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Preface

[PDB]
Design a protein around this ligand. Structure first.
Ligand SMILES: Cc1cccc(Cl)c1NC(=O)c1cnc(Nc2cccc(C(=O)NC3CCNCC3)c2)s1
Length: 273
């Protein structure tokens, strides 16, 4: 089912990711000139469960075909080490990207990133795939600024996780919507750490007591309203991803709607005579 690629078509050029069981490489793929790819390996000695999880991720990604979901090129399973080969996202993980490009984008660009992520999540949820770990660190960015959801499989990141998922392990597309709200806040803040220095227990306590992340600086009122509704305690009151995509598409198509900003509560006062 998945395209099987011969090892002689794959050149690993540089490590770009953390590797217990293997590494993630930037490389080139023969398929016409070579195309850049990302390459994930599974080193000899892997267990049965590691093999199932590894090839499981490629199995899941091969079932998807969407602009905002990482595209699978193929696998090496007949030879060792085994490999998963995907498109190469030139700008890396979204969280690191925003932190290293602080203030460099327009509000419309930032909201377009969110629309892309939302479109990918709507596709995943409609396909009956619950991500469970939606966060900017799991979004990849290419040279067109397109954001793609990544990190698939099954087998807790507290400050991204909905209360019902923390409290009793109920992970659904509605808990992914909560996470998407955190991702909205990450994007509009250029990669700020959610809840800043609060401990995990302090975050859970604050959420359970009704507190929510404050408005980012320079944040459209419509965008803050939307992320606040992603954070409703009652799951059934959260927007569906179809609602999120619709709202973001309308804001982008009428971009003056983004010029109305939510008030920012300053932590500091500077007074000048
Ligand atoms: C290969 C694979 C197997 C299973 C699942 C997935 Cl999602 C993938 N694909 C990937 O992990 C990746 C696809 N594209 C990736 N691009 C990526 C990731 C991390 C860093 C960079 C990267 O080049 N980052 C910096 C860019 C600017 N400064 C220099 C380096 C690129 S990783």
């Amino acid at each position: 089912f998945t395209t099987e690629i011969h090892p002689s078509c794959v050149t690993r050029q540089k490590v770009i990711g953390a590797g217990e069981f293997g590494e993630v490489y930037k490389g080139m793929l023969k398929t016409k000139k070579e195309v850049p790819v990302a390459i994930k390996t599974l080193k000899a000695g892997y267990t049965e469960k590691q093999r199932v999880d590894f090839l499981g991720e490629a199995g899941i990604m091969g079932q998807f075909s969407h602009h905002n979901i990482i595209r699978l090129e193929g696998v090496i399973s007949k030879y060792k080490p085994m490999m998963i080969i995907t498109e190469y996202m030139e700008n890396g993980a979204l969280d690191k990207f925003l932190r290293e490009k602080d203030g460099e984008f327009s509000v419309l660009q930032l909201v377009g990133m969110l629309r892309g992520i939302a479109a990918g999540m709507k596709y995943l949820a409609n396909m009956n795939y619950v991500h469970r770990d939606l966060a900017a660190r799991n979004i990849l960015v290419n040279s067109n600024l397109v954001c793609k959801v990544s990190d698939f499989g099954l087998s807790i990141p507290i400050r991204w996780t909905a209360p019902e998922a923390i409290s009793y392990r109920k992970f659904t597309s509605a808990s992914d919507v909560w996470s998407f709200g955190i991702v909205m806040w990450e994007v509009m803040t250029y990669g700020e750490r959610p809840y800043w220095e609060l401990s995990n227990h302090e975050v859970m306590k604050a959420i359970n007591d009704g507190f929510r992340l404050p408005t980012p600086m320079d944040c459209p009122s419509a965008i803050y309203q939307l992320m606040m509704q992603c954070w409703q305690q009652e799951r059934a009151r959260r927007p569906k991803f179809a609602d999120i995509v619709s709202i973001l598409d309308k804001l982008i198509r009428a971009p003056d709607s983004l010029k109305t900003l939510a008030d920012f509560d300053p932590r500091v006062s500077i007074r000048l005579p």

closed unit ball in R , has a fixed point. An extension of Brouwer’s theorem to compact maps in normed linear spaces is presented in the well known fixed point theorem of Schauder, the proof of which relies on Schauder projections. A further generalisation of this theorem due to M¨ onch in 1980 is also presented. Applications of theorems in Chapter 4 are illustrated with a discrete boundary value problem. The problem with the results presented in Chapter 4 – from an applications viewpoint – is that they require the map under investigation to take a closed convex set back into itself. As a result, in Chapter 5 we turn our attention to establishing a fixed point theory for nonself maps. However, Schauder’s fixed point theorem from Chapter 4 enables us to obtain a nonlinear alternative for continuous, compact (nonself) maps, which we immediately apply to establish an existence principle for a nonlinear Fredholm integral equation. Two existence results are subsequently presented, each ensuring the existence of at least one continuous solution of the equation. In a similar fashion, using M¨ onch’s fixed point theorem from Chapter 4, we obtain a nonlinear alternative for continuous, M¨ onch type maps which further leads to a variety of nonlinear alternatives for condensing maps, k -set contractive maps, and maps of the form F := F1 + F2 where F1 and F2 satisfy certain conditions. The chapter closes by discussing maps F : X → E where (unlike the other theorems presented in the chapter) the interior of X may be empty. Having discussed condensing maps in Chapter 4 it is now natural to consider continuation principles for these maps. There are three main approaches in the literature. The first approach uses degree theory (Chapter 12), the second is the essential map approach of Granas and the third is the 0-epi map approach of Furi, Martelli and Vignoli (Chapter 8). In Chapter 6 we discuss the second approach. The chapter is devoted to showing that the property of having a fixed point (or more generally, being essential) is invariant by homotopy for compact (or more generally, condensing) maps. Using the theory of essential maps, a nonlinear alternative is presented firstly for continuous, compact maps, with an analogous result for continuous, condensing maps appearing towards the end of the chapter. In addition, using results obtained for the completely continuous field, f (x) = x − F (x), the equation y = x − F (x) is discussed, with the Fredholm alternative making a guest appearance as an immediate consequence. Fixed point theorems in conical shells are discussed in Chapter 7. We consider continuous, compact maps F : B → C , where C is a cone. Specifically we present Krasnoselskii’s compression and expansion of a